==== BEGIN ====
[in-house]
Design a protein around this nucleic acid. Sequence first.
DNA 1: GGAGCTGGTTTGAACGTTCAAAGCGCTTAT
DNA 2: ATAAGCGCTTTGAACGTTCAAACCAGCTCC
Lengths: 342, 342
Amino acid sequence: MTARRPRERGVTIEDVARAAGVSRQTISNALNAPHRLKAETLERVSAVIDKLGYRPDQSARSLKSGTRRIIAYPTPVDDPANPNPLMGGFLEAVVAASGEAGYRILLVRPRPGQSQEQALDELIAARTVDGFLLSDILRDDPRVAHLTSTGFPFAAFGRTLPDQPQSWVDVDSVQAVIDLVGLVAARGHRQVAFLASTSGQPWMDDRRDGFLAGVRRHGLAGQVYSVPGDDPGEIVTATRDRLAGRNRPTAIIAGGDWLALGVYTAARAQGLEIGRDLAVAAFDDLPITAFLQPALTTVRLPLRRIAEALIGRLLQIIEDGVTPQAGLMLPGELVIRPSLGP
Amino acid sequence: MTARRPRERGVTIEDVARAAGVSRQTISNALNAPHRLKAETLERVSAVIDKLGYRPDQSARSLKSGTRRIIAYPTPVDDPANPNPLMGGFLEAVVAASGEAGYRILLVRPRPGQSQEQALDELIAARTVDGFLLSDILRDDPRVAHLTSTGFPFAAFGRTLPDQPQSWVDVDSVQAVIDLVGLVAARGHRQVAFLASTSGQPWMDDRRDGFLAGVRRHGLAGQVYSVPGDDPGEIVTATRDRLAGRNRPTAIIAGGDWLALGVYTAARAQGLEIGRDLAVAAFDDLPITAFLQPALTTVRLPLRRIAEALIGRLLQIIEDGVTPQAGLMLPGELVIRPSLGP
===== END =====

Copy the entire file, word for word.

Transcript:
[in-house]
Design a protein around this nucleic acid. Sequence first.
DNA 1: GGAGCTGGTTTGAACGTTCAAAGCGCTTAT
DNA 2: ATAAGCGCTTTGAACGTTCAAACCAGCTCC
Lengths: 342, 342
Amino acid sequence: MTARRPRERGVTIEDVARAAGVSRQTISNALNAPHRLKAETLERVSAVIDKLGYRPDQSARSLKSGTRRIIAYPTPVDDPANPNPLMGGFLEAVVAASGEAGYRILLVRPRPGQSQEQALDELIAARTVDGFLLSDILRDDPRVAHLTSTGFPFAAFGRTLPDQPQSWVDVDSVQAVIDLVGLVAARGHRQVAFLASTSGQPWMDDRRDGFLAGVRRHGLAGQVYSVPGDDPGEIVTATRDRLAGRNRPTAIIAGGDWLALGVYTAARAQGLEIGRDLAVAAFDDLPITAFLQPALTTVRLPLRRIAEALIGRLLQIIEDGVTPQAGLMLPGELVIRPSLGP
Amino acid sequence: MTARRPRERGVTIEDVARAAGVSRQTISNALNAPHRLKAETLERVSAVIDKLGYRPDQSARSLKSGTRRIIAYPTPVDDPANPNPLMGGFLEAVVAASGEAGYRILLVRPRPGQSQEQALDELIAARTVDGFLLSDILRDDPRVAHLTSTGFPFAAFGRTLPDQPQSWVDVDSVQAVIDLVGLVAARGHRQVAFLASTSGQPWMDDRRDGFLAGVRRHGLAGQVYSVPGDDPGEIVTATRDRLAGRNRPTAIIAGGDWLALGVYTAARAQGLEIGRDLAVAAFDDLPITAFLQPALTTVRLPLRRIAEALIGRLLQIIEDGVTPQAGLMLPGELVIRPSLGP